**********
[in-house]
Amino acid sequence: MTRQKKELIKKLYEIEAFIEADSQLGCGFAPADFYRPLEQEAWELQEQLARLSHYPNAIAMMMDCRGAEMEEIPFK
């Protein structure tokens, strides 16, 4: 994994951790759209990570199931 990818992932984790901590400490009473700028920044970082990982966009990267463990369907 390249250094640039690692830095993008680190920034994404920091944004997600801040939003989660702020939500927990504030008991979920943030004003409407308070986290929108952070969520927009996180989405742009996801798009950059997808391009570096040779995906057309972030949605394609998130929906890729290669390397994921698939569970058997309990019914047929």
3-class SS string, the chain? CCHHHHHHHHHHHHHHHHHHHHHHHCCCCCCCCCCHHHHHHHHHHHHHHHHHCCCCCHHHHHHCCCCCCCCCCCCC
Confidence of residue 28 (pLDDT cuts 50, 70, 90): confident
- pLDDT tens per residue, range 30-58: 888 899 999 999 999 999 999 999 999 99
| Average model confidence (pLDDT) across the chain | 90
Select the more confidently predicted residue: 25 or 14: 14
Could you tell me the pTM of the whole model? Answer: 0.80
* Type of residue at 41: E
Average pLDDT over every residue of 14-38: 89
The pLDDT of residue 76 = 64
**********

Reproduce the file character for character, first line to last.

[in-house]
Amino acid sequence: MTRQKKELIKKLYEIEAFIEADSQLGCGFAPADFYRPLEQEAWELQEQLARLSHYPNAIAMMMDCRGAEMEEIPFK
């Protein structure tokens, strides 16, 4: 994994951790759209990570199931 990818992932984790901590400490009473700028920044970082990982966009990267463990369907 390249250094640039690692830095993008680190920034994404920091944004997600801040939003989660702020939500927990504030008991979920943030004003409407308070986290929108952070969520927009996180989405742009996801798009950059997808391009570096040779995906057309972030949605394609998130929906890729290669390397994921698939569970058997309990019914047929």
3-class SS string, the chain? CCHHHHHHHHHHHHHHHHHHHHHHHCCCCCCCCCCHHHHHHHHHHHHHHHHHCCCCCHHHHHHCCCCCCCCCCCCC
Confidence of residue 28 (pLDDT cuts 50, 70, 90): confident
- pLDDT tens per residue, range 30-58: 888 899 999 999 999 999 999 999 999 99
| Average model confidence (pLDDT) across the chain | 90
Select the more confidently predicted residue: 25 or 14: 14
Could you tell me the pTM of the whole model? Answer: 0.80
* Type of residue at 41: E
Average pLDDT over every residue of 14-38: 89
The pLDDT of residue 76 = 64